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About ccone

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  1. One more thing... not sure if you tried this but... To use all 4 DIMM slots you have to disable the CPC 1T setting... (Or set CPC to 2T, nto sure off hand how it is exactly stated in the BIOS). AFAIK, this is true of all NF4 boards. CC
  2. According to Anandtech's mobo review, they didn't report having to change the voltage to get the same timings out of a 4 DIMM setup as a 2 DIMM ... just changed the CPC to 2T. (Of course, they may have just loaded optimized defaults and truested it to make the appropriate changes) http://www.anandtech.com/mb/showdoc.aspx?i=2465&p=12 CC
  3. The reason you were having issues before flashing to 510-2 is that the original BIOS that shipped with your board (probably 310 or 125) did not fully support the Venice and San Diego cores. When I tried running my rig on 310, I would see memory errors all over. A simple flash up to 510-2 and resetting my memory timings fixed everything for me. Granted, I use different memory, but it just shows what a difference a BIOS that fully supports the processor can make. CC
  4. If done properly, BIOS flashing is nothing to be scared of. Just make sure you don't have any memory errors befre you do it, and don't try to flash from within windows. That bootable CD with all the BIOSes on it really is nice. Once flashed, load optimized defaults, and manually set some of the important memory stuff... then get the memory in and flyin. :nod: And before booting into windows with all that memory in and tweaked out, run mem-test to make sure you're still error free. A bad memory config will corrupt a windows install pretty darned easy. C C
  5. Benefits: 1) A working system. 2) A working system. 3) You'll be able to use dual-channel, CPC, Bank interleave. 4) A working system. Seriously though... The 310 BIOS that probably shipped with your MB does not fully support Venice or San Diego cores. You'll get *much* better performance with a BIOS that does. You'll also see far fewer odd problems. *EDIT* OK, I'm a dunce... just noticed your sig... there is no 'probably' to it... you have the 310 BIOS that shipped with the MB Also, just because the install seems to be going, doesn't mean windows will be stable. If you have memory issues, that install will get corrupted and you'll end up having to do it over again. CC
  6. I'm not sure about which exact BIOS will be best for you. One thing to remember is that using a Beta BIOS will void your warranty. I'm not sure whether 612-2 is a beta or not, but I'm sure that 623-2 is *official*. That being said, I am not too concerned about using a beta BIOS (as my siggy indicates I'm using one). I have had no problems with them. The BIOS choice is more dependant on your memory than PSU. Unfortunately, I don't know which BIOSes are best for UTT stuff. I'm sure that if you search the forums here, you'll find that info. Actually, 623-2 would be newer than 612-3 ... those first 3 numbers are the date that the BIOS was put out... 623 = June 23rd. 612 = June 12th. As for a matrix, that would be very helpful, but I haven't seen one. Just search this forum (you could also check the BIOS Factory forum in the Overclocking area). Not sure about which slots will work better for you. That depends partly on the BIOS being used and on the memory. If it works, it works. Using 'AUTO' on voltage can be problematic. I've had better results setting it to what my information tells me is necessary. When looking through the forums you will come across this IMPORTANT piece of info: Using the 4V jumper can cause big problems down the road. I'm not well read on this, but my understanding is that this config causes some excessive heat to develop where that 4V is being brought down to the Voltage you are using. Without some active cooling on the top-right section of the board, this will cause board and/or memory failure over time. I'm not at all certain about this, but look for any/all problems that have been found relating to this setting. DEFINITELY - if you do not plan to set your memory voltage above what is available by default without changing that jumper... don't change it. It only gets you something if enable it AND change the BIOS settings to something over the cutoff. There is a set process to follow to get those additional voltages into the menu. They will not show up if you change over to that other jumper position while the voltage setting is 'AUTO'. Not sure about this... the manual will tell you what those settings are for. Not sure about your memory timings and voltages. The Search function is your friend.. Look for others that use your memory and someone will have some timings up that work. Again... I *strongly* recommend that if you don't need over 3.2V that you don't set the 4V jumper up for the extra V's. 4 sticks *should* run. It can be tricky to get them going this way. You will (at the very least) have to disable the CPC 1T function in the Genie menu in the BIOS. I dunno... whatever works? If you have access to one, you could use a temp probe to see what the memory temps are at when under load. Interesting. It should properly recognize the processor... It'd be cooler if it called it a FX-69 :nod: FYI the 623-2 and 623-3 BIOSes are almost the same... the only difference is the memory tweaks that are there. Any time you see a BIOS that is in the same series 623 in this example, that is the case. Usually there is a XXX-1, XXX-2, and XXX-3 .. each of them is tqwaked for a different kind of memory. CC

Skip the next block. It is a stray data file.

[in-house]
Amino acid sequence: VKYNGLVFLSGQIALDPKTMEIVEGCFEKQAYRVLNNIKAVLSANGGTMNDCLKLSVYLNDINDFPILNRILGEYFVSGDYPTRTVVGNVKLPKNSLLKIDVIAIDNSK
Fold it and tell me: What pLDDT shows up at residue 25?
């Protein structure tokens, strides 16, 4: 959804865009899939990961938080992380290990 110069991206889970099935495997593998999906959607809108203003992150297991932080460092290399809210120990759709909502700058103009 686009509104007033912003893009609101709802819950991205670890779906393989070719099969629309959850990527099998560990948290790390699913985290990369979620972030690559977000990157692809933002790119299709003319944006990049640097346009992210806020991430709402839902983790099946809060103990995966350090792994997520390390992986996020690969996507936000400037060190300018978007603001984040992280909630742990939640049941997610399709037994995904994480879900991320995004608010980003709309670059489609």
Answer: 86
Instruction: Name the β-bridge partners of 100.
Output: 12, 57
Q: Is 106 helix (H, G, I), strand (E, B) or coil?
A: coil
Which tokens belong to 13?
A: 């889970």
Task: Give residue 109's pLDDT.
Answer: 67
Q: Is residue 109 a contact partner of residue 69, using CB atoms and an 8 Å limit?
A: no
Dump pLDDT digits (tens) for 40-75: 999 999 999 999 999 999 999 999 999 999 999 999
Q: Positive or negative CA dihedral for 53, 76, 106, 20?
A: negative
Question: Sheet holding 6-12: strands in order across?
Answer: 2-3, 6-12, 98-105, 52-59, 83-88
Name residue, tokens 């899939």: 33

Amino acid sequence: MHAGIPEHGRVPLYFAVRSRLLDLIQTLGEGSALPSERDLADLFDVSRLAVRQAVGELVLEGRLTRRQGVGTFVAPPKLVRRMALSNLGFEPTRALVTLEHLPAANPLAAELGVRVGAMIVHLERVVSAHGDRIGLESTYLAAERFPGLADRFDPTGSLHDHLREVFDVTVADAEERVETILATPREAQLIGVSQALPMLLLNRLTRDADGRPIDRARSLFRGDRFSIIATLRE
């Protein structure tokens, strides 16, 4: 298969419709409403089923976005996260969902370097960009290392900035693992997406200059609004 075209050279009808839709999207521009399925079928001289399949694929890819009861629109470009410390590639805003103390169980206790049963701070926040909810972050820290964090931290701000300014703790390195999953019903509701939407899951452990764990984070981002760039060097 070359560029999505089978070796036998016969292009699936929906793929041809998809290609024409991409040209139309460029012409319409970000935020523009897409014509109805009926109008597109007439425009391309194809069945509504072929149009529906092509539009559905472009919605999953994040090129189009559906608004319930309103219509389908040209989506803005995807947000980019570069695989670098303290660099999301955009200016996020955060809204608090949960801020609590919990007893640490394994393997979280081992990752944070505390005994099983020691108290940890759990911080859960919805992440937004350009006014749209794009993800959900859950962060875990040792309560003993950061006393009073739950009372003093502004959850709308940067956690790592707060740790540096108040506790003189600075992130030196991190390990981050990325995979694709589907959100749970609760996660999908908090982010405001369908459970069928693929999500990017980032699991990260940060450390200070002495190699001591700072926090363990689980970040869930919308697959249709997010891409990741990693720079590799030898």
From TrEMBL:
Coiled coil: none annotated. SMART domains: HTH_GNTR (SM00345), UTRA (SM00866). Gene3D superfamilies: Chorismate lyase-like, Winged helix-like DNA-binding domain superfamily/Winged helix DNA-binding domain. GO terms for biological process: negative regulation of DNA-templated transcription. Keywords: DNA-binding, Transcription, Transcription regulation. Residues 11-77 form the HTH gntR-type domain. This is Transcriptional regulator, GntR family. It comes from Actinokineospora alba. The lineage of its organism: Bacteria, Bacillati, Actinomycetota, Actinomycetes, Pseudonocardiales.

7. 1) Any more specs on your PSU? What are the 12V rails rated? (might have only one 12V rail... but whether 1 or 2 are there, needs to total 27A for non-SLI setup.) 2) Since you have not flashed BIOS, I would start there. Take out 1 memory DIMM, leaving one in slot 2... flash to the latest BIOS, then load optimized defaults and make any other config changes you need. I suggest flashing with only 1 DIMM because I suspect you are experiencing memory errors and using 1 DIMM puts you in single channel mode which is much more stable. This is only until you get a BIOS in there that fully supports your Venice core. 3) When that is done, enable MemTest in the Genie menu in the BIOS, put your other DIMM back in and power up... it will enter Memtest and start testing your memory. Make sure you get clean passes through all tests (preferably for several hours). If it shows errors in any test, you will need to tweak your memory timings. Most likely causes of these errors can be too little voltage or some value left at auto which works better when user defined. 4) When you can get clean passes using Memtest, go back into the BIOS, Genie menu and set it back to disabled.... next time you boot, you should be able to install Windoze. CC